A chairde, welcome to the August 24th, 2018 meeting of the Committee. The Rúnaí can’t be here tonight, he’s asked me to deputise on his behalf.
First item on the agenda. The PRO wants to pass on the following information, though the chair:
Tadhg Coakley’s novel in stories, The First Sunday in September, was shortlisted for the Mercier Press Fiction Prize, 2017 and was published by Mercier Press in August 2018. It tells the story of a fictional All-Ireland Hurling Final Sunday, from the points of view of several recurring characters, exploring recurring themes. Continue reading “Fógra: A Message from the PRO”
All of the 71,000 souls who took the pilgrim path to Croke Park yesterday to live the moment in Limerick’s exquisite win over Cork experienced a scatter of emotions. Not just those who travelled, either – but hundreds of thousands of others who watched or listened in. Here are some of mine before the game.
A sense of intention, of purpose, when I wake in the holiday home five minutes before 6am. Up and at ‘em. Here we go, here we go, here we go, and all that. Mount Brandon is stretching itself up into clouds, as it usually does. The gate leaves a creaky grumble when I free the latch. The water on Smerwick Harbour is a slate grey, waves flecking the surface. Continue reading “What I Feel when I’m on The Pilgrim Path to Croke Park”
So, anyway, I wrote this book. I got down off the ditch and into the game. Great view from the ditch, you can hold forth in high judgement and you can hide there, in the crowd. Not easy being inside the white lines, against tough opposition, making a show of yourself with everybody looking at you. Nowhere to hide. But I did it, anyway. Continue reading “To Win Just Once – The Game Is On”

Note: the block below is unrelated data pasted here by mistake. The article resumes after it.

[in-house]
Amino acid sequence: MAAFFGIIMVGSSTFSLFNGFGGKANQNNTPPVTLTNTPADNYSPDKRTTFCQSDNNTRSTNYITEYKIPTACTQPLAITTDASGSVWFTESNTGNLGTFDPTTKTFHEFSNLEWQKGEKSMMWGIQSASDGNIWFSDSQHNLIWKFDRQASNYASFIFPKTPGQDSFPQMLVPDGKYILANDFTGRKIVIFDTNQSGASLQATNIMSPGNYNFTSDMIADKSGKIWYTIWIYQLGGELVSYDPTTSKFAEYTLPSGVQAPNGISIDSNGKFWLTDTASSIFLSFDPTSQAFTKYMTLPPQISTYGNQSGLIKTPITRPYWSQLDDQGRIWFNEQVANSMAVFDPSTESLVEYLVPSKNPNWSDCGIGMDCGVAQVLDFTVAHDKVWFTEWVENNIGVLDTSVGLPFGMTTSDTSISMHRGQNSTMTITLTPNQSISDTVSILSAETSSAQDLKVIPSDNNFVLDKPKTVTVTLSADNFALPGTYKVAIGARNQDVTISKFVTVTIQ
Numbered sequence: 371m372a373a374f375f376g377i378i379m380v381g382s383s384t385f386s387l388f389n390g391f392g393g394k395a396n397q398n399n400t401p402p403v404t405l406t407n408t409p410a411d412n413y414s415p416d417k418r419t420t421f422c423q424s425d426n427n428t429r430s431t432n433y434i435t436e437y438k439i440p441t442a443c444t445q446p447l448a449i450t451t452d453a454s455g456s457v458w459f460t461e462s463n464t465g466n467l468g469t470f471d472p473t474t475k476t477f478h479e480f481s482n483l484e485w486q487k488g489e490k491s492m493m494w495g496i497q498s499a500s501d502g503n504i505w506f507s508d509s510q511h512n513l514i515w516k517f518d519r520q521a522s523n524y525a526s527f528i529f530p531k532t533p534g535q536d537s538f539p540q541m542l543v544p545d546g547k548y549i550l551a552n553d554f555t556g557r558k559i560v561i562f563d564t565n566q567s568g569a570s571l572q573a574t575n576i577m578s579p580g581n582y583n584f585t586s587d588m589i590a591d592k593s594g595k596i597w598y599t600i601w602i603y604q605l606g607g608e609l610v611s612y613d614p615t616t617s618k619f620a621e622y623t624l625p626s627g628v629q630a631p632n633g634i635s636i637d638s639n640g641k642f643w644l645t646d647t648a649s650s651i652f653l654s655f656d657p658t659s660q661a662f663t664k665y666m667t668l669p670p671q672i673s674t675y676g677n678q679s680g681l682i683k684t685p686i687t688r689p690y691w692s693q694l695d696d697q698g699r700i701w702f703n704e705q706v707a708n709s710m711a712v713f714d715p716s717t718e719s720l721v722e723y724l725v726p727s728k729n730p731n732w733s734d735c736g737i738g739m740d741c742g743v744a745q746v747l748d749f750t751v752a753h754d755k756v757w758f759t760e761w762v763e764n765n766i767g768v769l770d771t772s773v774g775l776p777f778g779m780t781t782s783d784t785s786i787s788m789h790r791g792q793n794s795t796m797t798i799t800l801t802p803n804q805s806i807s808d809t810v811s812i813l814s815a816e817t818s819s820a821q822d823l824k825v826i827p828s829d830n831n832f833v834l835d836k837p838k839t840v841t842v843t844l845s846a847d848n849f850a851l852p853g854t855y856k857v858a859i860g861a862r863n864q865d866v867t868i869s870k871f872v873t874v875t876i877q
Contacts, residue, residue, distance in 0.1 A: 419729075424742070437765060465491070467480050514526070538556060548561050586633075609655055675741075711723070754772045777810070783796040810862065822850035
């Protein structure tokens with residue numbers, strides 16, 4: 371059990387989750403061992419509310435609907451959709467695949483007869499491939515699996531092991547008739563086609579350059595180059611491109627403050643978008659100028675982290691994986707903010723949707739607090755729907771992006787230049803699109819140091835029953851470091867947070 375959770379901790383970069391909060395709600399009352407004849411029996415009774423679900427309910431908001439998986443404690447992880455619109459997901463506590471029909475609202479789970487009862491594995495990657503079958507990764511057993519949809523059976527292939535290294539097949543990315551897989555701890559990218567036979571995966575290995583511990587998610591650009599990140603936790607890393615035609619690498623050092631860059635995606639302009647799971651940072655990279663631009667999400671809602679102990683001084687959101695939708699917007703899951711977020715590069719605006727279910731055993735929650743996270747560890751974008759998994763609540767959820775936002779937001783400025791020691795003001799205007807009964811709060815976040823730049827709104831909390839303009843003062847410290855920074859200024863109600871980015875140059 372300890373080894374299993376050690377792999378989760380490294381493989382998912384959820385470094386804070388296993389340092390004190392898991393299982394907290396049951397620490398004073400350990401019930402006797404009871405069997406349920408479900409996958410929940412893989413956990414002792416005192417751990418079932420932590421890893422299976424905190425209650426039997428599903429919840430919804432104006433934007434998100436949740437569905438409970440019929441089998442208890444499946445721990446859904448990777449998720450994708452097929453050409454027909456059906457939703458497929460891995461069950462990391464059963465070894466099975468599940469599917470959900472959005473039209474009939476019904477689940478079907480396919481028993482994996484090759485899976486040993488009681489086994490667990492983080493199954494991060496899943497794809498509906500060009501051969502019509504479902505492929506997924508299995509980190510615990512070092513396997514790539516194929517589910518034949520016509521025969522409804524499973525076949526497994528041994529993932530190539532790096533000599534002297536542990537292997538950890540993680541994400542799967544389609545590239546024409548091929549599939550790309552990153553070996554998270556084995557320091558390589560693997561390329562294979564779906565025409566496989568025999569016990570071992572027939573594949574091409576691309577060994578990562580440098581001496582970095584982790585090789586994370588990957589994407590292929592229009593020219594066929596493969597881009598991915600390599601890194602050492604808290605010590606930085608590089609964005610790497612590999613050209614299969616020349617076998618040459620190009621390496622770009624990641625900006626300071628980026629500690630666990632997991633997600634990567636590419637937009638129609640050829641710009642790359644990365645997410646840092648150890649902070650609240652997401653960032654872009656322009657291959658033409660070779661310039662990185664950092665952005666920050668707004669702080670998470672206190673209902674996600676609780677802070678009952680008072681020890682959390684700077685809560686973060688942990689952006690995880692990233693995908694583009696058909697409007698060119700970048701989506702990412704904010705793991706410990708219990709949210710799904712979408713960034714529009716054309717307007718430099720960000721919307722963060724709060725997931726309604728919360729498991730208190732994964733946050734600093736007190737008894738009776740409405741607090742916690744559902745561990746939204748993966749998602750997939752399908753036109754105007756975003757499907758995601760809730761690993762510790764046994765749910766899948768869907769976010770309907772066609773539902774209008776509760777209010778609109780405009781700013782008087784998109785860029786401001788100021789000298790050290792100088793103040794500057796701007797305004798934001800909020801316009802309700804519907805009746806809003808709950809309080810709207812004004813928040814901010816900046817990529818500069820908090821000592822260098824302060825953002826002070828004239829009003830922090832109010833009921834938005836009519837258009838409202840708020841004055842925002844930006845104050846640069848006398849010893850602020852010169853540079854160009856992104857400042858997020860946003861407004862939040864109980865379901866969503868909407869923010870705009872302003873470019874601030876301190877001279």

Sport is about emotion. I’ve said this before. Other things too, but mostly emotion. And sometimes the emotions aren’t good but we seek them out anyway. We make ourselves vulnerable to them, we put ourselves out there. We let ourselves be open and exposed. Not a common stance for men. We stick our unprotected heads above the parapet in the full knowledge we could get our blocks knocked off. Continue reading “Admiration, Wonder, Joy.”
An English novelist, a wonderful writer whom I greatly admire, Tweeted yesterday after Germany were knocked out of the World Cup. He wished there was a word that would denote one taking pleasure in another’s misery. Haha, very good.
And fair enough, too. The English have suffered a lot over the past 12 years, not winning one knockout game in any championship. Meantime, Germany only went and bloody won the last World Cup in the Maracanã, claiming their fourth in all. Three more than England. Continue reading “England v Belgium – We’re Never Really Neutral”
Karl Ove Knausgaard, in his book Home and Away: Writing the Beautiful Game, shares a series of letters with his friend Fredrik Ekelund about the 2014 World Cup. In his first letter he says that he will always cheer on Argentina and Italy in such competitions. And he does this because both teams are traditionally cynical, they never do ‘anything beautiful for the sake of beautiful, only if there is some outcome.’ And the fact that they can do so, but hold back, appeals to something deep in side him. Continue reading “Who I’m Cheering For in World Cup 2018”
Cork are playing Limerick. It’s your first time in Páirc Uí Chaoimh. Your cousin Sean was there before, and for the Clare match too, but he’s seven and you’re only six.
Your friend Conor is coming too. He’s the best hurler in your class but you’re faster at running.
You spend the whole day pucking your sliotar against the wall of the house, scoring goals for Cork. You can’t wait for half-past four, that’s when your dad said ye’ll be leaving. You run into the house loads of times to check the kitchen clock. Continue reading “A Child Watches Cork Play Limerick in Páirc Uí Chaoimh, June 2018”